Five Steps to Stop the Next Run on America’s Banks, Bill Dudley

First, banking rests on confidence. For uninsured depositors, running at the first sign of trouble is a perfectly rational response. 

Second, systemic importance isn’t solely a matter of size. Even a small bank can cause big problems if other banks look like it.

Third, panic is difficult to stop once it starts.

Fourth, a bank’s prospects depend on more than just the credit quality of its assets. Interest-rate risk, and the composition of assets and liabilities, also are important.

Fifth, incentives matter. When bank executives’ compensation is tied to earnings and to the bank’s stock, they’ll be motivated to take more risk. 

What to do?

First, address the issue of uninsured depositors. Forget the notion that they can monitor banks and provide market discipline. In practice, they do so only in a binary way: not at all, or suddenly and completely.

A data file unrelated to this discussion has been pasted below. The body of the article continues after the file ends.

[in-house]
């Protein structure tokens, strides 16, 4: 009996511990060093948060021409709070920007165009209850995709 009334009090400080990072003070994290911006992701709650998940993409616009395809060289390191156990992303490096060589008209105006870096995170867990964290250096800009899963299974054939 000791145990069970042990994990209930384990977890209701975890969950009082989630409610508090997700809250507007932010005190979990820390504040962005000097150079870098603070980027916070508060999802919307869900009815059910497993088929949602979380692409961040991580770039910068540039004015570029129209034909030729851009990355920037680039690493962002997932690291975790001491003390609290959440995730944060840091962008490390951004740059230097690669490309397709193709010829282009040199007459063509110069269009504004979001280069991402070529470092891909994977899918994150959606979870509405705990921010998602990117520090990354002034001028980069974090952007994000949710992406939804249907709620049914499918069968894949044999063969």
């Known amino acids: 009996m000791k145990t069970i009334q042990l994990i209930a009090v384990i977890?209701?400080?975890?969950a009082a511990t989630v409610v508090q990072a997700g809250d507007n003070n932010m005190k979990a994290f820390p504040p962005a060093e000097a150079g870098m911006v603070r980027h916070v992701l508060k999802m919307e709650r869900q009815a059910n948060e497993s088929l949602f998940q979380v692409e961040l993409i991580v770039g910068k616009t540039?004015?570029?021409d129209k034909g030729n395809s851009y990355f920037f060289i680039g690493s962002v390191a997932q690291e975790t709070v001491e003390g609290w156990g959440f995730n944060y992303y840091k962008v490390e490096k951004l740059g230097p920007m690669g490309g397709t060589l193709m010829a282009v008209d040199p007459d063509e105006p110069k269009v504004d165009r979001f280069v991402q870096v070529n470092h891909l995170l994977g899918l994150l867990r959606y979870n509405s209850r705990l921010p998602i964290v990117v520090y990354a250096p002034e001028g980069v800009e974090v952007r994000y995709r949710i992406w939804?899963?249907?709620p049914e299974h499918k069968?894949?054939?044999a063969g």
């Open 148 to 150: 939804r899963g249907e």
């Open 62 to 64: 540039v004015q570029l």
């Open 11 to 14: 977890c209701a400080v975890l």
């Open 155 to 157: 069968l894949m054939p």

Second, restore systemic-risk supervision of mid-sized banks.

Third, head off panics by making central bank lender-of-last resort facilities always available and easier to access. Standing facilities that are not stigmatized would help.

Fourth, pay more attention to interest-rate risk, and the fundamental mismatch between banks’ long-term assets and short-term liabilities.

Finally, adjust incentives. If, for example, bank executives’ compensation shifted away from cash and equity toward subordinated debt that they had to hold for several years, they would be less inclined to take the kinds of risks that could lead to failure and the write-off of that subordinated debt.

Bill Dudley Bloomberg 22 mars 2023 


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